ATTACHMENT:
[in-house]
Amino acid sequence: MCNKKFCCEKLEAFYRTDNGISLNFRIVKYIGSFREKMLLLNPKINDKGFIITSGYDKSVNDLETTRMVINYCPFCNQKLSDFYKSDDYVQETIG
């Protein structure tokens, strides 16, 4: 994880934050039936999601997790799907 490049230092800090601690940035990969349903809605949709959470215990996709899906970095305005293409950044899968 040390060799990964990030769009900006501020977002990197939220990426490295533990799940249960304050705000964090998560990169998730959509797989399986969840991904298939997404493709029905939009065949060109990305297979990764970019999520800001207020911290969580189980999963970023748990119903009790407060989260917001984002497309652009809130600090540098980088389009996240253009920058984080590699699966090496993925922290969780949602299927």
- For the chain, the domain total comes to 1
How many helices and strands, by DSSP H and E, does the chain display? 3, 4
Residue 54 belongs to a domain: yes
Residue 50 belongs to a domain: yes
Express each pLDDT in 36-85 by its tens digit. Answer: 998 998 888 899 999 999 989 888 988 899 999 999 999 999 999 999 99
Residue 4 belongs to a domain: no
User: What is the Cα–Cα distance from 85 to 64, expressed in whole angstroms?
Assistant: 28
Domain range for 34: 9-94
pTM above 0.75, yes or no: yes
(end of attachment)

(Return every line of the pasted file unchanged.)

[in-house]
Amino acid sequence: MCNKKFCCEKLEAFYRTDNGISLNFRIVKYIGSFREKMLLLNPKINDKGFIITSGYDKSVNDLETTRMVINYCPFCNQKLSDFYKSDDYVQETIG
């Protein structure tokens, strides 16, 4: 994880934050039936999601997790799907 490049230092800090601690940035990969349903809605949709959470215990996709899906970095305005293409950044899968 040390060799990964990030769009900006501020977002990197939220990426490295533990799940249960304050705000964090998560990169998730959509797989399986969840991904298939997404493709029905939009065949060109990305297979990764970019999520800001207020911290969580189980999963970023748990119903009790407060989260917001984002497309652009809130600090540098980088389009996240253009920058984080590699699966090496993925922290969780949602299927």
- For the chain, the domain total comes to 1
How many helices and strands, by DSSP H and E, does the chain display? 3, 4
Residue 54 belongs to a domain: yes
Residue 50 belongs to a domain: yes
Express each pLDDT in 36-85 by its tens digit. Answer: 998 998 888 899 999 999 989 888 988 899 999 999 999 999 999 999 99
Residue 4 belongs to a domain: no
User: What is the Cα–Cα distance from 85 to 64, expressed in whole angstroms?
Assistant: 28
Domain range for 34: 9-94
pTM above 0.75, yes or no: yes